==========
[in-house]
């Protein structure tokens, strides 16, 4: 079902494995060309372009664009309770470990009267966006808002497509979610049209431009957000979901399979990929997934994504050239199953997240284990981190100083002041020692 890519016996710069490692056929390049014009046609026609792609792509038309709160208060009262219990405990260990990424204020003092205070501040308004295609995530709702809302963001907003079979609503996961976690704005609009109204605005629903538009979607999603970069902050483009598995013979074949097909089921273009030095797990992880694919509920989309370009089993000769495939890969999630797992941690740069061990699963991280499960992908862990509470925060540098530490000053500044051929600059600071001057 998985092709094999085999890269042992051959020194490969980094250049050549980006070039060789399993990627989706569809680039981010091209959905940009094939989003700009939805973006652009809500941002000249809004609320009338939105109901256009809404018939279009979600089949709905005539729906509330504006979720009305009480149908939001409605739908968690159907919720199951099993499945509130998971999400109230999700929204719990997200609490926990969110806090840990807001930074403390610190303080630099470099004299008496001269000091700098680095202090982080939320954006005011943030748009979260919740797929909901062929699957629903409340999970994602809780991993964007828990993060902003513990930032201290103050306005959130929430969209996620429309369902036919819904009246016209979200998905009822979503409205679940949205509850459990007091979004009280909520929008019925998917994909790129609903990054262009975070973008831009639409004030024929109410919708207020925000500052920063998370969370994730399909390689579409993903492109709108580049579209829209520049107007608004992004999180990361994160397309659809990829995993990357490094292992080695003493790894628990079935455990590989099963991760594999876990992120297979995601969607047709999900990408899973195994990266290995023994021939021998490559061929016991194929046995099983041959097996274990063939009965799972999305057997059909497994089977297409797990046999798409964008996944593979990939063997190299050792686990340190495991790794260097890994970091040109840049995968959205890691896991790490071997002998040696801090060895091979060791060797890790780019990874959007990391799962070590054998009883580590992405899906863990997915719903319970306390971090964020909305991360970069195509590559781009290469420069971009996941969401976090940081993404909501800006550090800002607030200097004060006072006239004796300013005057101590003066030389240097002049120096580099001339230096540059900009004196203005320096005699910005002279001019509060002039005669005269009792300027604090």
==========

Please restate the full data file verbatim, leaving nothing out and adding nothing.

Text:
[in-house]
């Protein structure tokens, strides 16, 4: 079902494995060309372009664009309770470990009267966006808002497509979610049209431009957000979901399979990929997934994504050239199953997240284990981190100083002041020692 890519016996710069490692056929390049014009046609026609792609792509038309709160208060009262219990405990260990990424204020003092205070501040308004295609995530709702809302963001907003079979609503996961976690704005609009109204605005629903538009979607999603970069902050483009598995013979074949097909089921273009030095797990992880694919509920989309370009089993000769495939890969999630797992941690740069061990699963991280499960992908862990509470925060540098530490000053500044051929600059600071001057 998985092709094999085999890269042992051959020194490969980094250049050549980006070039060789399993990627989706569809680039981010091209959905940009094939989003700009939805973006652009809500941002000249809004609320009338939105109901256009809404018939279009979600089949709905005539729906509330504006979720009305009480149908939001409605739908968690159907919720199951099993499945509130998971999400109230999700929204719990997200609490926990969110806090840990807001930074403390610190303080630099470099004299008496001269000091700098680095202090982080939320954006005011943030748009979260919740797929909901062929699957629903409340999970994602809780991993964007828990993060902003513990930032201290103050306005959130929430969209996620429309369902036919819904009246016209979200998905009822979503409205679940949205509850459990007091979004009280909520929008019925998917994909790129609903990054262009975070973008831009639409004030024929109410919708207020925000500052920063998370969370994730399909390689579409993903492109709108580049579209829209520049107007608004992004999180990361994160397309659809990829995993990357490094292992080695003493790894628990079935455990590989099963991760594999876990992120297979995601969607047709999900990408899973195994990266290995023994021939021998490559061929016991194929046995099983041959097996274990063939009965799972999305057997059909497994089977297409797990046999798409964008996944593979990939063997190299050792686990340190495991790794260097890994970091040109840049995968959205890691896991790490071997002998040696801090060895091979060791060797890790780019990874959007990391799962070590054998009883580590992405899906863990997915719903319970306390971090964020909305991360970069195509590559781009290469420069971009996941969401976090940081993404909501800006550090800002607030200097004060006072006239004796300013005057101590003066030389240097002049120096580099001339230096540059900009004196203005320096005699910005002279001019509060002039005669005269009792300027604090």